GAT use case analysis

Limitations re. bounds & constraints

  • Bounds on the trait itself, e.g. trait Foo { type Bar<'a>: Baz; }
  • Bounds on the parameters of an associated type, e.g. trait Foo { type Bar<T: >; }

// The following should be equivalent:

trait Foo  {
    type Bar<B: SomeBound>: OtherBound;

trait Foo where for<B: SomeBound> Self::Bar<B>: OtherBound {
    type Bar<B> where B: SomeBound;

  • Most of our examples don’t use any bounds at all; those that do tend to bound the associated type itself, not its parameter
  • Question for Niko: Which is the problem that chalk is a must-have for? Bounds on B or on Bar?


  • Breaking changes for libraries that would want to use GATs; would allow for earlier “1.0” / highly stable APIs
  • Sometimes holding back really essential API work, e.g. being able to abstract over async functions that borrow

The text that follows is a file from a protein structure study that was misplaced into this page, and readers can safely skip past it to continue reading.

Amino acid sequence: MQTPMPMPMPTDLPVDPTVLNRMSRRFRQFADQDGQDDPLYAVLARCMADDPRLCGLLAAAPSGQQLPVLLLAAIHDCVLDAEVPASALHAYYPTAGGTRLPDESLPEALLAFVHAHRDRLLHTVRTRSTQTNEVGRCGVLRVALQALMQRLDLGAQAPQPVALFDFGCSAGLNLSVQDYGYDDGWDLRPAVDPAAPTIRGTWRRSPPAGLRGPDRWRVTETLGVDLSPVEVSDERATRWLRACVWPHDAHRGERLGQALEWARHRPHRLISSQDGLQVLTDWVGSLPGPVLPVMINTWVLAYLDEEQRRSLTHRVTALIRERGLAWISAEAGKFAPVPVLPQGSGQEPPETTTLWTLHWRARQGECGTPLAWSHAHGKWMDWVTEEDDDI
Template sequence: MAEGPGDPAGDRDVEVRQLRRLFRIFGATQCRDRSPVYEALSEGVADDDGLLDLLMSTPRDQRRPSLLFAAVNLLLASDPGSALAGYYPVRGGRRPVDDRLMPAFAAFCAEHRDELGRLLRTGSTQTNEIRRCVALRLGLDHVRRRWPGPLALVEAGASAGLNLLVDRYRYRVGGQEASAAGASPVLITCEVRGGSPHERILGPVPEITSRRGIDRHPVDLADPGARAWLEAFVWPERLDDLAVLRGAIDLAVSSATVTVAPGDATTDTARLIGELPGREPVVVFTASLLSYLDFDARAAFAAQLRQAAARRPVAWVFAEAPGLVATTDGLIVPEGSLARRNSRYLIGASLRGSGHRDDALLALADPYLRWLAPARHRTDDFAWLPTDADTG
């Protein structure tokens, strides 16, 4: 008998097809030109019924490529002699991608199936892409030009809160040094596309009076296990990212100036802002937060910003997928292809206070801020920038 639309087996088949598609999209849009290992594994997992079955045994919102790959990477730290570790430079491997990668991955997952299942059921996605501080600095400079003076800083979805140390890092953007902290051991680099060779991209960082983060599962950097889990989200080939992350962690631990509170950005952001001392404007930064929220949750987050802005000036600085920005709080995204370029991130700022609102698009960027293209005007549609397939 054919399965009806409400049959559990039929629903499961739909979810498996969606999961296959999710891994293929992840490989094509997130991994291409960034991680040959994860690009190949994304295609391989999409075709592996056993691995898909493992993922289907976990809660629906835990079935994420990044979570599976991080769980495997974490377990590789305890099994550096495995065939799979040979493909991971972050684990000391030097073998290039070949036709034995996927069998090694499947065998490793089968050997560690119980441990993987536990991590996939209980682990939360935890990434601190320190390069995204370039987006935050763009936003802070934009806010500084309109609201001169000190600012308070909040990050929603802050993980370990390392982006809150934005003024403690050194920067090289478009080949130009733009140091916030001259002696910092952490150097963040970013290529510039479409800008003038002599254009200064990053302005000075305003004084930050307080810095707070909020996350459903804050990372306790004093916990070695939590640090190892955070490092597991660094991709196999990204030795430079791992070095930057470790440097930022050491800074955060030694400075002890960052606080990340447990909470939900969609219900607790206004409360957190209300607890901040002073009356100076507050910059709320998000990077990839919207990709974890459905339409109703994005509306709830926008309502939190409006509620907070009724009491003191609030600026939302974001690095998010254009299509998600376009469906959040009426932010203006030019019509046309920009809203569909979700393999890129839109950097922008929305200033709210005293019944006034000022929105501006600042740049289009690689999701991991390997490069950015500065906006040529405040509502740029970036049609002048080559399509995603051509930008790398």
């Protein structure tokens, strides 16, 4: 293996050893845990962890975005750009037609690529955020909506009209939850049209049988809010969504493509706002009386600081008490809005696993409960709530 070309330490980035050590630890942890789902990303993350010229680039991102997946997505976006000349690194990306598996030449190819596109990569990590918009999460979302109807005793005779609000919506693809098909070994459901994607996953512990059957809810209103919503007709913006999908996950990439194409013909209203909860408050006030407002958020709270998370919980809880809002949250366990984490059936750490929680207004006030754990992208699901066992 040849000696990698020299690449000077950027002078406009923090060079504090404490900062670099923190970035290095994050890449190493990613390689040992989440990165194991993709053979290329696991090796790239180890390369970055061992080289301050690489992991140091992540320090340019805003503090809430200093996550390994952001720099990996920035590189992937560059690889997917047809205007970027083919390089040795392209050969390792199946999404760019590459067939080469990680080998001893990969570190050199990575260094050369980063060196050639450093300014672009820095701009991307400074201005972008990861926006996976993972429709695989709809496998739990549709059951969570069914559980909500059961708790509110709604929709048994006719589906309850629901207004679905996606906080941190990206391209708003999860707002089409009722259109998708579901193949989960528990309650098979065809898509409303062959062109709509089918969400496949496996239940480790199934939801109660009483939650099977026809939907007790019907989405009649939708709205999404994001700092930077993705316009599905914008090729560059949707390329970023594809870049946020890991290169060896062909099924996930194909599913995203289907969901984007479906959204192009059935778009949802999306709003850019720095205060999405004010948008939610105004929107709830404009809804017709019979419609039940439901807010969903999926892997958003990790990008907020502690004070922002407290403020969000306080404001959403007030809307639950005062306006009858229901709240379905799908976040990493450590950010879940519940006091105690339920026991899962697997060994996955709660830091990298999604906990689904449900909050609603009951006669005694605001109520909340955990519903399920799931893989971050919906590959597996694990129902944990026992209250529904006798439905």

Example use cases

Simple lifetime-parametric types

Streaming iterators
Important in async I/O world
  • How important is somewhat TBD, unclear whether this blocks stabilizing a Stream trait or whether we will want two traits

trait Iterator {
    type Item<'a> where Self: 'a;
    fn next<'a>(&'a mut self) -> Self::Item<'a>;

Proptest strategies

pub trait ValueTree {
    type Value<'a>: fmt::Debug where Self: 'a;
    fn current<'a>(&'a self) -> Self::Value<'a>;
    fn simplify(&mut self) -> bool;
    fn complicate(&mut self) -> bool;
pub trait Strategy: fmt::Debug {
    /// The value tree generated by this `Strategy`.
    type Tree: ValueTree<Value = Self::Value>;

    /// The type of value used by functions under test generated by this Strategy.
    type Value<'a>: fmt::Debug;

    /// Generate a new value tree from the given runner.
    fn new_tree(&self, runner: &mut TestRunner) -> NewTree<Self>;